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by Vault Education Editors | October 09, 2009


Now that Princeton Review's website is working again, their new top business schools are available for perusal. Like they did with law schools, Princeton Review has ranked the top business schools in 11 categories: best administered, best campus environment, best campus facilities, best professors, greatest opportunity for minority students, greatest opportunity for women, most family friendly, best career prospects, most competitive students, toughest to get into and best classroom experience. You can read the full rankings in each category here.

Northwestern University (and its Kellogg School of Management) found itself on the top of the career prospects list again, coming in second to the University of Michigan's Ross School of Business and ahead of No. 3 Harvard Business School. New York City schools were notably missing on the top 10 list, perhaps because of their strong ties to the suffering finance industry. The ranking is based on Princeton Review's career rating, which "measures the confidence students have in their school's ability to lead them to fruitful employment opportunities, as well as the school's record of having done so." According to the website, factors taken into account include average starting salaries, percentage of student employment at graduation, effectiveness and efforts of career services, quality of recruiters, student participation, and internships, mentorships and off-campus projects.

Princeton Review best career prospects

  1. University of Michigan, Ross School of Business
  2. Northwestern University, Kellogg School of Management
  3. Harvard Business School
  4. MIT Sloan School of Management
  5. University of Pennsylvania, The Wharton School
  6. Stanford Graduate School of Business
  7. Yale School of Management
  8. University of Virginia, Darden Graduate School of Business Administration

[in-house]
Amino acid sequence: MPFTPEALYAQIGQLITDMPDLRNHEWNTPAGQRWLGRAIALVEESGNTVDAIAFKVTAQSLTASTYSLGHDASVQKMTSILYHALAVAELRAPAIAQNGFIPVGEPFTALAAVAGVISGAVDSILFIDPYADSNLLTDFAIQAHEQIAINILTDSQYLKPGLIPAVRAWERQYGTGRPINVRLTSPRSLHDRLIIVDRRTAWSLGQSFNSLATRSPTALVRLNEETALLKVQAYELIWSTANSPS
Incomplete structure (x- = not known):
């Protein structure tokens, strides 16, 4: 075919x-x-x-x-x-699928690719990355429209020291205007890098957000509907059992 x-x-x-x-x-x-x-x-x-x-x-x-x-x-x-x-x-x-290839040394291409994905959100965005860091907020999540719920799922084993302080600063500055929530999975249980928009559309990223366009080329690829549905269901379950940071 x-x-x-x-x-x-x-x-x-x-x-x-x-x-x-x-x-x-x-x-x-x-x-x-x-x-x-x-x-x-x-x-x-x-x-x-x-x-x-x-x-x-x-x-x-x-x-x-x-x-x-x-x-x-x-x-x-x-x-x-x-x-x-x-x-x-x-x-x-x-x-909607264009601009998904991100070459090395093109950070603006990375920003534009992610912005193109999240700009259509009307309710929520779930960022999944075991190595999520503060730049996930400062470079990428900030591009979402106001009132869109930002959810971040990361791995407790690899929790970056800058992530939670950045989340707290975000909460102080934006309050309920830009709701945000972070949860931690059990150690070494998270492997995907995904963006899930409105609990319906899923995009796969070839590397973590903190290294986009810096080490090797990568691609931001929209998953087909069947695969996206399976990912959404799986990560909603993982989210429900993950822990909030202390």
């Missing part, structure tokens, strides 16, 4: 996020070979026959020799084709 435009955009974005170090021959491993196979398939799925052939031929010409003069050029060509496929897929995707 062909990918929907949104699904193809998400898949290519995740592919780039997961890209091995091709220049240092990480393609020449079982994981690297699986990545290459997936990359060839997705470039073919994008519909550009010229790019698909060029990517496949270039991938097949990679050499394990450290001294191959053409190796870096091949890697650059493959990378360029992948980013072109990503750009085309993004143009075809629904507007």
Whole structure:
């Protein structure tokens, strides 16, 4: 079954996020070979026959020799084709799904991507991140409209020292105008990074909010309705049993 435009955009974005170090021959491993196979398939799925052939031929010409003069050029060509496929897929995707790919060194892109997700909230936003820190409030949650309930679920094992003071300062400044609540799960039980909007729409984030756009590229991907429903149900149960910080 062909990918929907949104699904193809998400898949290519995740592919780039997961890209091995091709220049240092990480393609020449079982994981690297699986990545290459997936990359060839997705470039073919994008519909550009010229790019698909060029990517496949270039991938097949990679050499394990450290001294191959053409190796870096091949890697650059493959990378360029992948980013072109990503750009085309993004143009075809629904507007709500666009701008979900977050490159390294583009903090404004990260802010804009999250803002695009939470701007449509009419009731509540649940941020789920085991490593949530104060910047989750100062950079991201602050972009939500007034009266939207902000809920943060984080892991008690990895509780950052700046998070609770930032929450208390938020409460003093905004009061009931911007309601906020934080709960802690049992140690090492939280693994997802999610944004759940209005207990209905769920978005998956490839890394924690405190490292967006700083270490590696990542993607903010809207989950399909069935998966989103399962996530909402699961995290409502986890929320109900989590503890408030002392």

9. Cornell University, The Johnson School
  10. University of California, Berkeley, Haas School of Business

Another noteworthy ranking among Princeton Review's lists is the top 10 greatest opportunities for women. MBA programs are becoming more welcoming to female students, and women are taking advantage, as evidenced by the largest percentage of female students at top schools like Wharton (40 percent) and INSEAD (32 percent). Though the highly elite schools (including Wharton and INSEAD) still aren't at the top of the list, George Washington University School of Business, University of Massachusetts at Amherst's Isenberg School of Management, University of Georgia's Terry College of Business, University of California, Berkeley's Haas School of Business and American University's Kogod School of Business all make the top 10.

Princeton Review greatest opportunity for women

  1. Simmons School of Management
  2. George Washington University School of Business
  3. Mercer University, Stetson School of Business and Economics
  4. University at Albany School of Business, SUNY
  5. University of California, Davis Graduate School of Management
  6. St. Mary's University, Greehey School of Business
  7. University of Massachusetts at Amherst, Isenberg School of Management
  8. University of Georgia, Terry College of Business
  9. University of California, Berkeley, Haas School of Business
  10. American University, Kogod School of Business


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